Matetzky et al. found that ST segment elevation in posterior leads has larger area of infarction as estimated by high CPK MB levels, and higher incidence of complications like reinfarction, post infarction angina, heart failure and death [13]. In our study, group A patients had large infarct area with high CPK MB (90.12 ± 33.42 vs. 45 ± 38.28, P=0.0001) than group B patients but there was no significant change in ejection fraction between two groups.
The ECG findings of ST elevation in posterior lead provide greater accuracy for the diagnosis of posteroinferior MI than the associated ST depression in precoardial leads. ST depression in anterior leads is not specific and may also reflect anterior wall ischemia or non Q wave MI. Precordial ST Segment may be diminished by right ventricular infarction or may be masked by the development of complete right bundle branch block pattern [17]. Consequently, this ECG sign is of low sensitivity and specificity for the diagnosis of posterior wall infarction [18]. The ECG of the posterobasal myocardial infarction shows incrased R wave amplitude in leads V1-V3. The abnormal Q wave is not seen in the regular 12 leads ECG. However, Q wave can appear in the posterior leads V7, V8 and V9 during ECG registration [19]. In our study, normal ST segment in V1-V3 was frequently seen in group B than Group A patients (n=74 [61.2%] vs. n=29 [24%], p=0.0001). It further justifies that ST segment is normal in the anterior precordial leads in case of posterolateral MI.
Tierala et al. proposed that RCA might be the culprit IRA if the ST elevation lead III>II whereas the LCX might the culprit coronary artery if ST elevation lead II>III in inferior wall MI [20]. In our study, the sensitivity and specificity of ST elevation III>II for RCA are 90% and 61% respectively (P=0.0001) whereas the sensitivity and specificity of ST elevation II>III for LCX are 61% and 90% respectively. Interestingly, ST elevation II>III frequently favored ST elevation in posterior leads as seen in group A compared to group B patients (n=22, 18.2% vs. n=8, 6.6%, P=0.0001) whereas the ST elevation III>II recurrently favored group B compared to group A (n= 72, 59.5% vs. n=19, 15.7%, P=0.0001).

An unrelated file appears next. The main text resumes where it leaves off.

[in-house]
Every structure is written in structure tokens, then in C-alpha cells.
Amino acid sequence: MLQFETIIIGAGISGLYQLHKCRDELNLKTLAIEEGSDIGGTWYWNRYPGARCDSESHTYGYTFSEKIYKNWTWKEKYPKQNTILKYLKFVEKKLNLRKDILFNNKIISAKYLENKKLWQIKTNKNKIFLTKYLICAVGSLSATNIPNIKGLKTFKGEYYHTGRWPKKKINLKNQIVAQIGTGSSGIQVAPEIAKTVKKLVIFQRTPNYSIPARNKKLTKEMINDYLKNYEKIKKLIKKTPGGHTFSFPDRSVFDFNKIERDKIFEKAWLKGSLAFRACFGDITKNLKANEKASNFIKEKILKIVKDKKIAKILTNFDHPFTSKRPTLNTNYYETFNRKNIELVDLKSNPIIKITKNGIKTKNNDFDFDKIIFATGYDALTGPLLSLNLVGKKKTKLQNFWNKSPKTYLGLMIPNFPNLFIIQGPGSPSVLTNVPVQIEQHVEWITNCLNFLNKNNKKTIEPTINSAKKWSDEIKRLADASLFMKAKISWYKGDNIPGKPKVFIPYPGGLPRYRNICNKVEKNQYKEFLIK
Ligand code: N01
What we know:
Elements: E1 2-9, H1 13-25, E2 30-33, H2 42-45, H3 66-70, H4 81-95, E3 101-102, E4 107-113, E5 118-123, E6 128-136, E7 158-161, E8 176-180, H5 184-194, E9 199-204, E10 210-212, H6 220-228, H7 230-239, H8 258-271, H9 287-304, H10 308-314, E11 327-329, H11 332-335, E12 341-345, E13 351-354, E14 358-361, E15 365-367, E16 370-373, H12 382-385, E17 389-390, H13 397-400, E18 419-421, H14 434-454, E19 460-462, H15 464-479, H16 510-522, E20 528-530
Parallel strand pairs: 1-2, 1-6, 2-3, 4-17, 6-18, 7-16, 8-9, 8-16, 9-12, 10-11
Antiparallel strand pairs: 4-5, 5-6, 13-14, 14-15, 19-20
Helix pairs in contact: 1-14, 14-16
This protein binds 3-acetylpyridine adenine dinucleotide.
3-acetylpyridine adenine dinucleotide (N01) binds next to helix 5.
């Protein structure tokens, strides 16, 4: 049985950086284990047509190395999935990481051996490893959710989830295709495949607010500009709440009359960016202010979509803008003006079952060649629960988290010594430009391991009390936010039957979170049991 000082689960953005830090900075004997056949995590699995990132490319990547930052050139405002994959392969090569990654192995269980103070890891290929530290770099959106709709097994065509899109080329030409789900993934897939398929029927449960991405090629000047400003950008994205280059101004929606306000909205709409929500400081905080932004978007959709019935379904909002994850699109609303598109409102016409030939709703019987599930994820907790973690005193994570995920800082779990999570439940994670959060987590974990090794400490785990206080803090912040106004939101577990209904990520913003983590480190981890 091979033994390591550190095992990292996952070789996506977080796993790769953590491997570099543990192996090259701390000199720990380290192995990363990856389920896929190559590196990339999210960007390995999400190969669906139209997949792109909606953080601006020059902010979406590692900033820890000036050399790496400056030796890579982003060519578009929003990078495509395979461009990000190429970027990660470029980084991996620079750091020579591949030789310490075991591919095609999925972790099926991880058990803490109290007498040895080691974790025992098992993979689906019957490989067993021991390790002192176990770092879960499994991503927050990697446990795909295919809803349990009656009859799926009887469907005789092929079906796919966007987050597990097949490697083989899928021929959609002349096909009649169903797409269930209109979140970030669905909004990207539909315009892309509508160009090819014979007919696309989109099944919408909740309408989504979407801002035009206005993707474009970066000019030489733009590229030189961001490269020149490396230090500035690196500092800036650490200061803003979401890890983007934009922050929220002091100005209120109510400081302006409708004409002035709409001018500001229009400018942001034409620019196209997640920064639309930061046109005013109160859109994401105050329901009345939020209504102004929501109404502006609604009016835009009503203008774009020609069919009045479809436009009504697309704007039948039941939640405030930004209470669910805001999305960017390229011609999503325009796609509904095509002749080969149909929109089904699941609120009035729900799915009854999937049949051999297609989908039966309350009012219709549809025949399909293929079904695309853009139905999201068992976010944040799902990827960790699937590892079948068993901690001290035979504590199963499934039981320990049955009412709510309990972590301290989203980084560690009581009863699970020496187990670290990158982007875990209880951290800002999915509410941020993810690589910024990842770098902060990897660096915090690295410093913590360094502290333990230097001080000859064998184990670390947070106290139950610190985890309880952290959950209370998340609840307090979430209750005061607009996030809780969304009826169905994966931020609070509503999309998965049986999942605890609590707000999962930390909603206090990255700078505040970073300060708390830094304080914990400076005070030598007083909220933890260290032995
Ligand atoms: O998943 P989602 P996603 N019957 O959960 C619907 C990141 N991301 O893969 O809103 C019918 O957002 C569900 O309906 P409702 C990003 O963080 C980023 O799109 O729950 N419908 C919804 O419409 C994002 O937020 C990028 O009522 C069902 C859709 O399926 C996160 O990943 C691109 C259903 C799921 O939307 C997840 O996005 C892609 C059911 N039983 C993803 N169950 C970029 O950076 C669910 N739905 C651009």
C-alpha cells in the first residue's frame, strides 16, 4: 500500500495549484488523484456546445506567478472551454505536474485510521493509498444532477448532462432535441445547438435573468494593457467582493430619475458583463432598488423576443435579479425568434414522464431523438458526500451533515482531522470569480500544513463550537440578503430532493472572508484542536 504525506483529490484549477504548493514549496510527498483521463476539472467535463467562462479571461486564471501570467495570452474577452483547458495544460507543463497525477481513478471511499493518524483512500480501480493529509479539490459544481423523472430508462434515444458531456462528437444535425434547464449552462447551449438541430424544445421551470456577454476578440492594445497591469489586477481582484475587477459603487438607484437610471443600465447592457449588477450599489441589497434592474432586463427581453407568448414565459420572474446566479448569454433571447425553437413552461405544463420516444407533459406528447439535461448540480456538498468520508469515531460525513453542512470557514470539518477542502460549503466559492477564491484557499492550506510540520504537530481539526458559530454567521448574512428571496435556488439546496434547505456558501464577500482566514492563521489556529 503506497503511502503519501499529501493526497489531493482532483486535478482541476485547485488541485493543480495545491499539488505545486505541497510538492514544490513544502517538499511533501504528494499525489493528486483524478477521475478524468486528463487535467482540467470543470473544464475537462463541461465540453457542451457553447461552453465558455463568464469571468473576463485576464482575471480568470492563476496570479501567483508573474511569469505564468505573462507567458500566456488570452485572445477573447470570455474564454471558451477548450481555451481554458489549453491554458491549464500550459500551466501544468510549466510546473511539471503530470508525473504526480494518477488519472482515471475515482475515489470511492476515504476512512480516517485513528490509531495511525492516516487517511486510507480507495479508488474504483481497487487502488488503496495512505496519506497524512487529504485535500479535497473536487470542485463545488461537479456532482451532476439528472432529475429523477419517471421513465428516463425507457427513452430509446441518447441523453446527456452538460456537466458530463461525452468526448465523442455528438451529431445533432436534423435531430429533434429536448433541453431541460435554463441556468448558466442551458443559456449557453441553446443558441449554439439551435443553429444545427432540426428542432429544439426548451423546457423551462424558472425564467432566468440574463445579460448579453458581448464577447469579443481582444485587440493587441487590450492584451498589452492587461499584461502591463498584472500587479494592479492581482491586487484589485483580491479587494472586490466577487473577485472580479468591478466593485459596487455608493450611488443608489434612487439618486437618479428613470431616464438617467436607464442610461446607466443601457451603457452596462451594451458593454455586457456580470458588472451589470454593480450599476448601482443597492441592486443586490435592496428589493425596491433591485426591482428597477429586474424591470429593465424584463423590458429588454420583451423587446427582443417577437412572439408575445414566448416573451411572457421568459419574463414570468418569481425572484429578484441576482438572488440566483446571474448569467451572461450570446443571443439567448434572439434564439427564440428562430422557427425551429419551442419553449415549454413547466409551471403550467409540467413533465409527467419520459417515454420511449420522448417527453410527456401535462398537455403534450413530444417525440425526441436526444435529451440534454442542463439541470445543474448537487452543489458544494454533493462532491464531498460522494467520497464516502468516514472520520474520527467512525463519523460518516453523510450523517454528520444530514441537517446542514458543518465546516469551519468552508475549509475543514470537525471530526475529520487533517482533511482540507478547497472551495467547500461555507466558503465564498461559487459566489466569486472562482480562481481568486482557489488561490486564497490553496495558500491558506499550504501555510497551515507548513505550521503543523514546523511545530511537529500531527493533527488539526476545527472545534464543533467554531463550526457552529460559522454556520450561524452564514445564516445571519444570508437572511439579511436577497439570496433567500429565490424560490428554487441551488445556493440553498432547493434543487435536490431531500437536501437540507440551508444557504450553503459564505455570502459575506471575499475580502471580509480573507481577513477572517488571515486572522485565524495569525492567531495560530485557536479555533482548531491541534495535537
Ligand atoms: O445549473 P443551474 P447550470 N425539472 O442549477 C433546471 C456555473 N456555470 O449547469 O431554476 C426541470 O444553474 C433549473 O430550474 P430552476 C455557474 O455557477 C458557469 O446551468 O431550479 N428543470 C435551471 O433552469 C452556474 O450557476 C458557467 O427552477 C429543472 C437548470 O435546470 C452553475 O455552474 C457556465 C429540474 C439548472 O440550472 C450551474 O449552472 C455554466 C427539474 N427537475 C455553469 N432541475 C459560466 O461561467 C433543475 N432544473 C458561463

The present study was limited by its rather small sample size. The study did not deal in predicting the lesion either proximal or distal coronary occlusion. Although the right chest leads V3R, V4R, V5R has pivotal role to know the pathological process of inferior wall MI, they are not taken for study and comparison. The study lacked the follow up and complications like reinfarction, post infarction angina, arrhythmias and mortality.
Conclusion
We recommend routine recording of posterior leads V7, V8 and V9 in all patients admitted to the hospital with an acute inferior wall MI. ST elevation in the posterior leads in inferior wall MI are frequently implicated with the lesion in the left circumflex artery. The posterior wall MI are associated with large area of jeopardized myocardium, might argue in favor of reperfusion therapy.